If you loved Ronald H. Balson’s thriller, “Once We Were Brothers,” you will certainly enjoy his new novel, “The Girl from Berlin.” Both have the ability to stick with the readers long after the last page is finished. The characters and the stories are painted so clearly that they are memorable. Both books are based on situations during the Holocaust, although the gist of the stories occur in the present.
Readers of Balson’s previous books will immediately recognize, in his new novel, the main characters, Chicago attorney Catherine Lockhart and her investigator-husband Liam Taggart. Neither is Jewish, yet their cases always involve the Jewish world.
His book, “Saving Sophie,” took the couple to Israel. “The Girl from Berlin” has the couple solving its case in the Tuscan hills of Italy. The aunt of a Chicago restaurateur – a friend of Lockhart and Taggart’s – is threatened with eviction from her Italian home by a powerful corporation that seems to yearn for her grape vines.
A treasure hunt for the origin of conflicting land deeds leads to duplicity and death, and eventually to lawyers in Germany who help uncover corporate shenanigans.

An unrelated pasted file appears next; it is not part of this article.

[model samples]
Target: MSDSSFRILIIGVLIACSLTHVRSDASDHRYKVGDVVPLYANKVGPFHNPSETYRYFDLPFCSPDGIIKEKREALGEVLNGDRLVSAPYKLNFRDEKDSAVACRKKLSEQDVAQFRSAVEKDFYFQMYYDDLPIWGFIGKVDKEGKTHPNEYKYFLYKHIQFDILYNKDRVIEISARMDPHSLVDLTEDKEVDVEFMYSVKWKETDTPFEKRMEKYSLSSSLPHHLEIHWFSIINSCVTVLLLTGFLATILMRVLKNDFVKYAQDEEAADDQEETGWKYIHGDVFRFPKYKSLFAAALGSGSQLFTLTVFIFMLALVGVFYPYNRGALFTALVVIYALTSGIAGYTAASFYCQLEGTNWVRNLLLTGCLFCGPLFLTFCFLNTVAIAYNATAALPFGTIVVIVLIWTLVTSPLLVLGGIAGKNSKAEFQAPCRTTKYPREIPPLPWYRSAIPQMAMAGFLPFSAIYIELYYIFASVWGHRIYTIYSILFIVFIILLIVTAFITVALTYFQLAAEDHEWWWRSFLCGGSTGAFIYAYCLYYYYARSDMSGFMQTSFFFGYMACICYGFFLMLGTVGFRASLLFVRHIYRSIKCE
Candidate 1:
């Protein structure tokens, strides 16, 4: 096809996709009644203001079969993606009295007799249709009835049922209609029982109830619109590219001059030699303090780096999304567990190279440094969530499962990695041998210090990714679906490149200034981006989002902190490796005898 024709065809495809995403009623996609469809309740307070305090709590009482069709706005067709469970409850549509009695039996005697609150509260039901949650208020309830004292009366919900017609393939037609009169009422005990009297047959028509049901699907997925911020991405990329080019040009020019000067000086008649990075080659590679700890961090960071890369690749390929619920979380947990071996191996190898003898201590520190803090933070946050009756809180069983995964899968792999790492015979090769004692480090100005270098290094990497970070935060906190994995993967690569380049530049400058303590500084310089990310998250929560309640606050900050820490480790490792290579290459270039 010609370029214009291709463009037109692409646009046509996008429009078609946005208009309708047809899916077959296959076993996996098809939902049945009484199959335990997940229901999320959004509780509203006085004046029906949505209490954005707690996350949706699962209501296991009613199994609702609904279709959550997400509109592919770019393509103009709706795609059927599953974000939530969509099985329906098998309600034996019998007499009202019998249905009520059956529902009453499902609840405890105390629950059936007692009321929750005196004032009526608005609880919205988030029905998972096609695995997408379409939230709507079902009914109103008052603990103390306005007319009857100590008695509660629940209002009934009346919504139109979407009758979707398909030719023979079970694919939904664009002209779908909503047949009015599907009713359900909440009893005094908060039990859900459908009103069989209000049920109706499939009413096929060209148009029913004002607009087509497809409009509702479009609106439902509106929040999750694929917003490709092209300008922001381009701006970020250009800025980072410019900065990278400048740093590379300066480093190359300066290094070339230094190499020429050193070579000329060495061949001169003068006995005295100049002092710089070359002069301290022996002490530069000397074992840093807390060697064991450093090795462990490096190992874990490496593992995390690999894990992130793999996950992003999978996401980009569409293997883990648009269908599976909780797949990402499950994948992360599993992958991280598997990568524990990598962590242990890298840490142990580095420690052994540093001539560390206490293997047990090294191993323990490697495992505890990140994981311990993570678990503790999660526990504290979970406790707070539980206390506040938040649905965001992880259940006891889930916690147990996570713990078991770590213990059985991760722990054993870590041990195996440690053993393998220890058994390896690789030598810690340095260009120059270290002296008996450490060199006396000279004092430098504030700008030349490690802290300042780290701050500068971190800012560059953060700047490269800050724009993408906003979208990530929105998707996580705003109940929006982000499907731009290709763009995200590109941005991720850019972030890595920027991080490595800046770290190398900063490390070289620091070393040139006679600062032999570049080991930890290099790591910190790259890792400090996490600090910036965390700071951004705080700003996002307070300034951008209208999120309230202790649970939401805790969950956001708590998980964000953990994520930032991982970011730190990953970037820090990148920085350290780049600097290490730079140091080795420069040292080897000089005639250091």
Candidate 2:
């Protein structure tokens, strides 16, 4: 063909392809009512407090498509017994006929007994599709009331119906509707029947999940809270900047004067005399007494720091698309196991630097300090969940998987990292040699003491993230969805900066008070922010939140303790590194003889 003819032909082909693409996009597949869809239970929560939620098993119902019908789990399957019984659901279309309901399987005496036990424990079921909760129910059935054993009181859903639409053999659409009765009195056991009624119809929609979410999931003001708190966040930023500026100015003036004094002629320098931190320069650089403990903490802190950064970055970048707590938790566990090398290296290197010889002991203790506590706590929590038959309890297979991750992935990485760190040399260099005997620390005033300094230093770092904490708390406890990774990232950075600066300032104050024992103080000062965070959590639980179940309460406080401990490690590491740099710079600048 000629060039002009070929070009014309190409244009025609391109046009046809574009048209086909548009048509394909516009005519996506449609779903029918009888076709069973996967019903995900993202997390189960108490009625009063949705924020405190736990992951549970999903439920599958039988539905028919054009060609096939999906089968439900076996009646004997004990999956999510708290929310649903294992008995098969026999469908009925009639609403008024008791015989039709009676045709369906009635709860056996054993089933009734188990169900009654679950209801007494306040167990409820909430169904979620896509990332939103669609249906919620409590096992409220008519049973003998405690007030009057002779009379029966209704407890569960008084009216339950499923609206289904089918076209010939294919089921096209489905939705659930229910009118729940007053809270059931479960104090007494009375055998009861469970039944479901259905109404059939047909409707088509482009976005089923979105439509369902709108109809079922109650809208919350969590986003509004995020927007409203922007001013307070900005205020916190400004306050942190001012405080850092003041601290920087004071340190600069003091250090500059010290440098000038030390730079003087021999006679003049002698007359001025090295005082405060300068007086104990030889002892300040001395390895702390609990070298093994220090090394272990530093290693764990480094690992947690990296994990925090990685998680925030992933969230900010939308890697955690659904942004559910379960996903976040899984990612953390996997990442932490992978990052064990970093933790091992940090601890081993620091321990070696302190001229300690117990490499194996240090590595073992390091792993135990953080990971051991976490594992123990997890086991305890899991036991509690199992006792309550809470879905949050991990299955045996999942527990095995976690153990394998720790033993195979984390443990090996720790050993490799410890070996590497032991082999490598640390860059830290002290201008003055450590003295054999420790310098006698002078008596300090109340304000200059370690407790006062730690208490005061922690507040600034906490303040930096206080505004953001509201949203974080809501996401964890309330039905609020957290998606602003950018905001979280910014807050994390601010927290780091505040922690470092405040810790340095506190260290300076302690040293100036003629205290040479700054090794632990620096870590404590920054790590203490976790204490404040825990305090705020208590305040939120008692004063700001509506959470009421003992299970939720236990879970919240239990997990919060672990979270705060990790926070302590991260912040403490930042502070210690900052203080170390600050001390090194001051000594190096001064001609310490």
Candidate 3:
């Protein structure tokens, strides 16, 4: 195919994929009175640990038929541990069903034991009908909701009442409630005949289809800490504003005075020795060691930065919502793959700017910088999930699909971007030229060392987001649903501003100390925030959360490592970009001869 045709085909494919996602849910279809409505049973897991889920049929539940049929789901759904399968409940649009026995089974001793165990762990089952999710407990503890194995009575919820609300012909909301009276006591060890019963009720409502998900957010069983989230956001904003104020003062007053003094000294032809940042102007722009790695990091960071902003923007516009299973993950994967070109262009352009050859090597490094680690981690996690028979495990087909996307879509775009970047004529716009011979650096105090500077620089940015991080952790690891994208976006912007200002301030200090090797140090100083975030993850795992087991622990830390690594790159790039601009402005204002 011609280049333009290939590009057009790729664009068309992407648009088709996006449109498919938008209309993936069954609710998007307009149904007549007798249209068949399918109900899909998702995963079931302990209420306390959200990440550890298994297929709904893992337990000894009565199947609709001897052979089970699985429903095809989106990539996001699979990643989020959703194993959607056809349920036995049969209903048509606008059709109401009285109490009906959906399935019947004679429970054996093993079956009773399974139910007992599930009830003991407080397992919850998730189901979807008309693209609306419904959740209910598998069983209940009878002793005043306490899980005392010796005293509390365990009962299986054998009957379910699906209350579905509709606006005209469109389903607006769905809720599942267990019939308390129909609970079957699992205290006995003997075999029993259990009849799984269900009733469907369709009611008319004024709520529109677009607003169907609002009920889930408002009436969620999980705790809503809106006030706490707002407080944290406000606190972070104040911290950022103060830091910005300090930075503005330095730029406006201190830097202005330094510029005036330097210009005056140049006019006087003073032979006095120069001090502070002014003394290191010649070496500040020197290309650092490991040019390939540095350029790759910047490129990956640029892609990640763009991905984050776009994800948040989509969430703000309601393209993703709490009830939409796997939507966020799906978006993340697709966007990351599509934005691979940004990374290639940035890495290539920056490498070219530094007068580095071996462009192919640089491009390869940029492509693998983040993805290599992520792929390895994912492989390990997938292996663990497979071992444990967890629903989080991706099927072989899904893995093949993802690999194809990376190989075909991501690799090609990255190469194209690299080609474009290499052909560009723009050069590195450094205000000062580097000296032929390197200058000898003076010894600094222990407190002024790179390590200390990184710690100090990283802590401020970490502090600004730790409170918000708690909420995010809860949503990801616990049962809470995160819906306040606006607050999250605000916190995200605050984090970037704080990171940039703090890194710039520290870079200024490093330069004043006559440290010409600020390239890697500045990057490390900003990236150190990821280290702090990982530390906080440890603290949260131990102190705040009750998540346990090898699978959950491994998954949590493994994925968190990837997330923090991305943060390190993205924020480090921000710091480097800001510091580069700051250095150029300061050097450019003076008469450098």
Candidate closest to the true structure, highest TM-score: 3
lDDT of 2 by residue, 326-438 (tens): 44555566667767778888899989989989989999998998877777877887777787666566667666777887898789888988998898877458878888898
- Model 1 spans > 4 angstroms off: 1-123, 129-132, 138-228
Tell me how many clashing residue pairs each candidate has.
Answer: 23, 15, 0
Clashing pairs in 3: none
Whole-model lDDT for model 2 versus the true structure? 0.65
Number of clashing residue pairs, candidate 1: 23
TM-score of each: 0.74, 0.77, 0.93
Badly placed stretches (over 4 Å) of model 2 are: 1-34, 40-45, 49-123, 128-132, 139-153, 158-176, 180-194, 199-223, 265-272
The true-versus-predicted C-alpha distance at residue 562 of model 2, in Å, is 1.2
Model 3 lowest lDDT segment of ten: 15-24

The key to helping the aunt, and solving the mystery, lies in a handwritten manuscript from the 1930s that the aunt insists the Chicago couple read to learn the history of the ownership of the villa, as well as the aunt’s connection to the property. That story-within-a-story was written by a girl from Berlin who moved to Italy during the Nazi regime to continue her career as a violinist. Readers learn about the more lenient lives for Jews in Italy, at least in the beginning. The Berlin girl’s story also shows that not all Nazis were the same.
International best-selling author Ronald Balson, a Chicago trial lawyer, will speak about his latest novel, “The Girl From Berlin,” at 12:30 p.m., Thursday, Nov. 15.